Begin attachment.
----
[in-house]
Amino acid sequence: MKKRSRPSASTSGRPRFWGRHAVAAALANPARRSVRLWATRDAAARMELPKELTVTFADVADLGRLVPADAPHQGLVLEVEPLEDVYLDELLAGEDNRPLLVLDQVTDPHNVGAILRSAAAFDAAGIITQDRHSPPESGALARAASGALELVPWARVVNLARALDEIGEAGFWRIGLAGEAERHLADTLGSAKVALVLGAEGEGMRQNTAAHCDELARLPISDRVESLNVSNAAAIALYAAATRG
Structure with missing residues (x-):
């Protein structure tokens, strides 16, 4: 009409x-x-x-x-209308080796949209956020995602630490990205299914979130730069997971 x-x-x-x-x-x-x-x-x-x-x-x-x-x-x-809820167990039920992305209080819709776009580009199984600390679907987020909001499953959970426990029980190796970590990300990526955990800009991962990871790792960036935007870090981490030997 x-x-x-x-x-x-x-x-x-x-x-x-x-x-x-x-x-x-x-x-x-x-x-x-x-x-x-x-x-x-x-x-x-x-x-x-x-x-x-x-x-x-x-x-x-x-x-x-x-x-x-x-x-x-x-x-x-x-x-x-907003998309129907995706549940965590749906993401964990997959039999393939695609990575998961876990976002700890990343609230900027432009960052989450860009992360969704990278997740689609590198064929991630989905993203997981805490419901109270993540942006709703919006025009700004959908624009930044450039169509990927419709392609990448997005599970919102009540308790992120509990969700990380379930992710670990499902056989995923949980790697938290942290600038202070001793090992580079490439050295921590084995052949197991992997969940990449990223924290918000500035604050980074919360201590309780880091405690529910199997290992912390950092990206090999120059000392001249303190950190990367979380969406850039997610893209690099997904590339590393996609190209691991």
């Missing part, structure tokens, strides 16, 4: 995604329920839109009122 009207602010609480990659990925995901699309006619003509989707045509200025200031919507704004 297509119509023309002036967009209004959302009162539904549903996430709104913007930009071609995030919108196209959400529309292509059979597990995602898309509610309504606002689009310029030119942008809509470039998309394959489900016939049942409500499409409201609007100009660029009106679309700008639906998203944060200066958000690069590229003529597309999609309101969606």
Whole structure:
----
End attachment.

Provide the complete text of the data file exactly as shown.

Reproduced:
[in-house]
Amino acid sequence: MKKRSRPSASTSGRPRFWGRHAVAAALANPARRSVRLWATRDAAARMELPKELTVTFADVADLGRLVPADAPHQGLVLEVEPLEDVYLDELLAGEDNRPLLVLDQVTDPHNVGAILRSAAAFDAAGIITQDRHSPPESGALARAASGALELVPWARVVNLARALDEIGEAGFWRIGLAGEAERHLADTLGSAKVALVLGAEGEGMRQNTAAHCDELARLPISDRVESLNVSNAAAIALYAAATRG
Structure with missing residues (x-):
């Protein structure tokens, strides 16, 4: 009409x-x-x-x-209308080796949209956020995602630490990205299914979130730069997971 x-x-x-x-x-x-x-x-x-x-x-x-x-x-x-809820167990039920992305209080819709776009580009199984600390679907987020909001499953959970426990029980190796970590990300990526955990800009991962990871790792960036935007870090981490030997 x-x-x-x-x-x-x-x-x-x-x-x-x-x-x-x-x-x-x-x-x-x-x-x-x-x-x-x-x-x-x-x-x-x-x-x-x-x-x-x-x-x-x-x-x-x-x-x-x-x-x-x-x-x-x-x-x-x-x-x-907003998309129907995706549940965590749906993401964990997959039999393939695609990575998961876990976002700890990343609230900027432009960052989450860009992360969704990278997740689609590198064929991630989905993203997981805490419901109270993540942006709703919006025009700004959908624009930044450039169509990927419709392609990448997005599970919102009540308790992120509990969700990380379930992710670990499902056989995923949980790697938290942290600038202070001793090992580079490439050295921590084995052949197991992997969940990449990223924290918000500035604050980074919360201590309780880091405690529910199997290992912390950092990206090999120059000392001249303190950190990367979380969406850039997610893209690099997904590339590393996609190209691991």
């Missing part, structure tokens, strides 16, 4: 995604329920839109009122 009207602010609480990659990925995901699309006619003509989707045509200025200031919507704004 297509119509023309002036967009209004959302009162539904549903996430709104913007930009071609995030919108196209959400529309292509059979597990995602898309509610309504606002689009310029030119942008809509470039998309394959489900016939049942409500499409409201609007100009660029009106679309700008639906998203944060200066958000690069590229003529597309999609309101969606």
Whole structure: